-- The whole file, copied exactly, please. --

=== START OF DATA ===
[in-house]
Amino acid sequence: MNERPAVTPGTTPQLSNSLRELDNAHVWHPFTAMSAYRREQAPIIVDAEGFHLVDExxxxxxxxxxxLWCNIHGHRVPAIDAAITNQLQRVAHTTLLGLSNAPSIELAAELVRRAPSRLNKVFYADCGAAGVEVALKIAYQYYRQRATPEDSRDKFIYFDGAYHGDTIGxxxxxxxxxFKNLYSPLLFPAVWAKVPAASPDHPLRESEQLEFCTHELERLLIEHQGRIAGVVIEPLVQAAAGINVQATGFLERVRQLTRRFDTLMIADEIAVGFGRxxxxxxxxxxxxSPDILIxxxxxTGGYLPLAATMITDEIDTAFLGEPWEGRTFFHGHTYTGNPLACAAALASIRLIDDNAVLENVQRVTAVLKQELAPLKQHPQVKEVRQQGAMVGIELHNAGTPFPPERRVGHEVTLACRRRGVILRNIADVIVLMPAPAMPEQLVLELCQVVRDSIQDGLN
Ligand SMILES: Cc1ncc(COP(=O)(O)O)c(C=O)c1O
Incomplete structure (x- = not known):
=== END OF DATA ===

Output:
[in-house]
Amino acid sequence: MNERPAVTPGTTPQLSNSLRELDNAHVWHPFTAMSAYRREQAPIIVDAEGFHLVDExxxxxxxxxxxLWCNIHGHRVPAIDAAITNQLQRVAHTTLLGLSNAPSIELAAELVRRAPSRLNKVFYADCGAAGVEVALKIAYQYYRQRATPEDSRDKFIYFDGAYHGDTIGxxxxxxxxxFKNLYSPLLFPAVWAKVPAASPDHPLRESEQLEFCTHELERLLIEHQGRIAGVVIEPLVQAAAGINVQATGFLERVRQLTRRFDTLMIADEIAVGFGRxxxxxxxxxxxxSPDILIxxxxxTGGYLPLAATMITDEIDTAFLGEPWEGRTFFHGHTYTGNPLACAAALASIRLIDDNAVLENVQRVTAVLKQELAPLKQHPQVKEVRQQGAMVGIELHNAGTPFPPERRVGHEVTLACRRRGVILRNIADVIVLMPAPAMPEQLVLELCQVVRDSIQDGLN
Ligand SMILES: Cc1ncc(COP(=O)(O)O)c(C=O)c1O
Incomplete structure (x- = not known):